I write features and essays focusing on housing issues, the postindustrial midwest, food and community, feminism, social justice, urbanism, and odd tales of nature in the city — and I have a soft spot for lost causes and idealists of many stripes. There’s a representative sampling below.
Fear and Loathing on Euclid Avenue (Belt Magazine: July 20, 1016)
On waiting in line for Ann Coulter and Milo Yiannopoulos, outside the RNC in Cleveland.
Clowns to Trump: You’re Giving Us a Bad Name (Belt Magazine: July 29, 2016)
A group of professional clowns explain to folks at the Republican National Convention why it’s not right to call Donald Trump a clown, or the RNC a “circus.”
Tiny Homes: A Big Idea for Housing Homeless Youth (SJNN blog: April 28, 2016)
Could tiny homes be successful alternative housing for homeless teens and young adults? This two-day conference aimed to find out.
This Program Could Lower Health Care Costs in Chicago (Crain’s Chicago Business: April 2, 2016)
On UIC Hospital’s innovative pilot project to fund supportive housing for the chronically homeless.
Tiny Bubbles (The Rumpus: July 31, 2016)
After a week at the Republican National Convention, some thoughts on the function of bubbles — when you should burst them, and when they can keep you safe.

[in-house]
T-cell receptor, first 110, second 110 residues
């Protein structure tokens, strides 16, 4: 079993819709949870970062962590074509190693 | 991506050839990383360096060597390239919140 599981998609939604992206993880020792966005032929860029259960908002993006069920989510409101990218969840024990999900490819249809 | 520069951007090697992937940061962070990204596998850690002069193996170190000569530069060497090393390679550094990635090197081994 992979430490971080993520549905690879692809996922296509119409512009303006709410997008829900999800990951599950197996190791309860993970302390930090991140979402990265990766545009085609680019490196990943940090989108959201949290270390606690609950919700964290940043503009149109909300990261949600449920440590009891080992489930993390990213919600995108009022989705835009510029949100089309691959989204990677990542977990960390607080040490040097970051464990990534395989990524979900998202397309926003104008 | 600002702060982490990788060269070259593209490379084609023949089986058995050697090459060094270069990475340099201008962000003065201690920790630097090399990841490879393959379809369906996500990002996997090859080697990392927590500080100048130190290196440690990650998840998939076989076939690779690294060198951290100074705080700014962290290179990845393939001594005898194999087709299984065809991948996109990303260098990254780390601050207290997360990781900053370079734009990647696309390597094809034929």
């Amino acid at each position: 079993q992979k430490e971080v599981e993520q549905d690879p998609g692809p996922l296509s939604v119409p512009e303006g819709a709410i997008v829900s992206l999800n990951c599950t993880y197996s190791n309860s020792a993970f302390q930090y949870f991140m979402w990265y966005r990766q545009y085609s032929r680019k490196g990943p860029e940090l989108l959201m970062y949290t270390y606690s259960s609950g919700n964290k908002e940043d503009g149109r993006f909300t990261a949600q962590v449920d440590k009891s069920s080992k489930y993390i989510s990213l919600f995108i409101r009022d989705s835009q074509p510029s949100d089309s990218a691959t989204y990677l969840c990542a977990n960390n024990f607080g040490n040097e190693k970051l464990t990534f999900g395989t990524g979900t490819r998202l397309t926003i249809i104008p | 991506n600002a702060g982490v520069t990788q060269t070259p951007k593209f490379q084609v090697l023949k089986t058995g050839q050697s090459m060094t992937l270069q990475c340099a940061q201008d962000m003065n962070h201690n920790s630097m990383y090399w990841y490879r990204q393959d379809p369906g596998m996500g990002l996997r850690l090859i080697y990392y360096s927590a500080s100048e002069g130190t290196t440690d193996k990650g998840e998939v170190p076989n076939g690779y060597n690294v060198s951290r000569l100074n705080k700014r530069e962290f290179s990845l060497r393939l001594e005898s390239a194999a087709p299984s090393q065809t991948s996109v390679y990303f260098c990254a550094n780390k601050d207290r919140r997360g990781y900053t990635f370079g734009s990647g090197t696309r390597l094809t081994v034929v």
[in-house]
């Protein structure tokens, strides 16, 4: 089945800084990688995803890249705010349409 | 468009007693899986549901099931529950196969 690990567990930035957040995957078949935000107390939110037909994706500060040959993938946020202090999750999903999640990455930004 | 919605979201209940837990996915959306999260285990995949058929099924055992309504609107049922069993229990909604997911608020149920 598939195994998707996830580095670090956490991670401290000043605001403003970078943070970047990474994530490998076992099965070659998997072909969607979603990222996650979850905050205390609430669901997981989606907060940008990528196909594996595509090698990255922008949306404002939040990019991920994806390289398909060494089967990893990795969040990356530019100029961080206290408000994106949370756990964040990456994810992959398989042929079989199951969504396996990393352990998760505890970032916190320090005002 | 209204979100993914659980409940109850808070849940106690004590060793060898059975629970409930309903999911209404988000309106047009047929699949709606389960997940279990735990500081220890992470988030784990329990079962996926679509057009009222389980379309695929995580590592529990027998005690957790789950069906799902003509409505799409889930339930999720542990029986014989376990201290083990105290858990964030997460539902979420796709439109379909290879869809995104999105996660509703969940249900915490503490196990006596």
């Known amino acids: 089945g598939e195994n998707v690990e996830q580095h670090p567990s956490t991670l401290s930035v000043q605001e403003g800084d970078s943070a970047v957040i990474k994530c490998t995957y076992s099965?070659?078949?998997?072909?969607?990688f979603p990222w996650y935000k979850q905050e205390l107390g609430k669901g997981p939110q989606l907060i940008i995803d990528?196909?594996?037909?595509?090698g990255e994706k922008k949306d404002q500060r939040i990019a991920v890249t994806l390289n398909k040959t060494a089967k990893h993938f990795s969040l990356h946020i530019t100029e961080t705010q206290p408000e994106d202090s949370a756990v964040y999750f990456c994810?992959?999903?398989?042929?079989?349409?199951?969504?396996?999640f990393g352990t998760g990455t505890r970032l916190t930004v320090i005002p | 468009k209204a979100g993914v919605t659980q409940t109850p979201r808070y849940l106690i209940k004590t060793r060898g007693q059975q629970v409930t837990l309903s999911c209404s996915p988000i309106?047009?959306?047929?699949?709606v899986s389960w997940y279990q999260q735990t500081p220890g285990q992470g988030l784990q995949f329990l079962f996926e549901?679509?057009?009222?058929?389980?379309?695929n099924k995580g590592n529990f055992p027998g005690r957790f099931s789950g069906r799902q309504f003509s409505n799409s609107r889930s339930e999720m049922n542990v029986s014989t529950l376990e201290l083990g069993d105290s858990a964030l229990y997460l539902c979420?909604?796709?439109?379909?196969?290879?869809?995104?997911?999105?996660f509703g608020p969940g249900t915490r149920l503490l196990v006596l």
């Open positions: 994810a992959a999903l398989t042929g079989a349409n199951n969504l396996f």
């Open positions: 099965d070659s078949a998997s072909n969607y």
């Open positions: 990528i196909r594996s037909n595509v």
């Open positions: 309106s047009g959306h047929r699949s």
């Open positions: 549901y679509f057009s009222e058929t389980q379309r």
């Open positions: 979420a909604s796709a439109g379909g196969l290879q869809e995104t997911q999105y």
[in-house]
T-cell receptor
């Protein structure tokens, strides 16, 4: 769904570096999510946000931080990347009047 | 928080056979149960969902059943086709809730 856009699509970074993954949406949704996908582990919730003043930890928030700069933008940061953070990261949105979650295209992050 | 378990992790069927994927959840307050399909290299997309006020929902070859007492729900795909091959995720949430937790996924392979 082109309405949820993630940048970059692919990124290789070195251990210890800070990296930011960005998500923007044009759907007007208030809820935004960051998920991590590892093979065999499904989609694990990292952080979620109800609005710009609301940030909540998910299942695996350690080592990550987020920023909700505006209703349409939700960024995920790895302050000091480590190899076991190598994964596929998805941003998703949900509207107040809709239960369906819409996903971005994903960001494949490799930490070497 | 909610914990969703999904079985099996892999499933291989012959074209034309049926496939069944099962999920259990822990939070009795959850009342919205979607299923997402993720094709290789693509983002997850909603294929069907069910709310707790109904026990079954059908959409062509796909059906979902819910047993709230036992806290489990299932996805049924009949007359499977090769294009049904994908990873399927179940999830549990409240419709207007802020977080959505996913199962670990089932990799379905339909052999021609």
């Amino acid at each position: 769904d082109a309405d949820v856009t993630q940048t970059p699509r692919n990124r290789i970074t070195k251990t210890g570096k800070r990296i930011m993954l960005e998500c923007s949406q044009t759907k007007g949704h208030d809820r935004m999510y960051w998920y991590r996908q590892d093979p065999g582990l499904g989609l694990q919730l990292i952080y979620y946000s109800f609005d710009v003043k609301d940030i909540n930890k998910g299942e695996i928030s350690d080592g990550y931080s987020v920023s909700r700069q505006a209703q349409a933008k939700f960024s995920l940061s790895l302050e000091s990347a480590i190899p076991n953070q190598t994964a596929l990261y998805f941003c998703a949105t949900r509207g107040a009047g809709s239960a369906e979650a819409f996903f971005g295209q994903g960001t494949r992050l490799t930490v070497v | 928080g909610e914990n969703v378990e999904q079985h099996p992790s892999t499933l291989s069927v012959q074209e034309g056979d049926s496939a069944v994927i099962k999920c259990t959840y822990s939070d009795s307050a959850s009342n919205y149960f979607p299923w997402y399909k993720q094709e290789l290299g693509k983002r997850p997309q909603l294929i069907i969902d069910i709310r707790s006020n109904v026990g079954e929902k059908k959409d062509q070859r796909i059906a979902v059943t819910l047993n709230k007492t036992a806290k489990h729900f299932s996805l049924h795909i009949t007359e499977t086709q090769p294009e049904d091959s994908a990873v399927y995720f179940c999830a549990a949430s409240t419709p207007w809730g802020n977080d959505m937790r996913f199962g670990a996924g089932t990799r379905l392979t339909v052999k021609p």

Words Fail (The Rumpus: March 22, 2015)
On running away with the circus and the power of effort.
Seed or Weed: The Evolution of Chicago’s Bloomingdale Trail (Belt Magazine: September 22, 2014)
On seeds, weeds, gentrification, place, and memory. Originally written and performed for Theater Oobleck‘s June 2014 residency at the Hideout.
Empty Words: Why is the food world so scared to talk about hunger? (Time Out Chicago: November 22, 2012)
The cultural conversation around food has never been louder-so why is talk of hunger relegated to the grim corners of health and public policy? I don’t know the answer, but I gave it a whack in this Thanksgiving essay for Time Out Chicago.
Soup Night at the Bar (Christian Century: September 25, 2012)
Soup & Bread as ad hoc community building, socially conscious business, and radical practice.
Knocked Over (The Rumpus: September 2, 2012)
On accidental pregnancy and miscarriage, This piece is also included in the anthology Get Out of My Crotch (Cherry Bomb Books), published January 22, 2013, the 40th anniversary of Roe v. Wade.
My Dinner With Charlie (Chicago Reader: February 2, 2001)
Unpacking Charlie Trotter’s obsession with excellence. (A Peter Lisagor award finalist, and the piece I blame for getting me into food writing. A revised version of this appeared in the Baffler in 2002.)
Turning an elaborate piece of conceptual art into a business (Chicago Sun-Times: December 16, 2013)
A feature for the Sun-Times’s business supplement, The Grid, on artist-entrepreneur Gene Pellegrene and the unusual business model he has developed for his house-painting business, Artist Painters.
Bread and Circuses (Chicago Reader: October 7, 2010)
Why does one innovative, LEED-certified business find itself a perpetual square peg stuck in the rigidly round holes of city regulations? This feature on the shared-use Logan Square Kitchen looks into how Chicago’s city code hasn’t kept pace with new business models.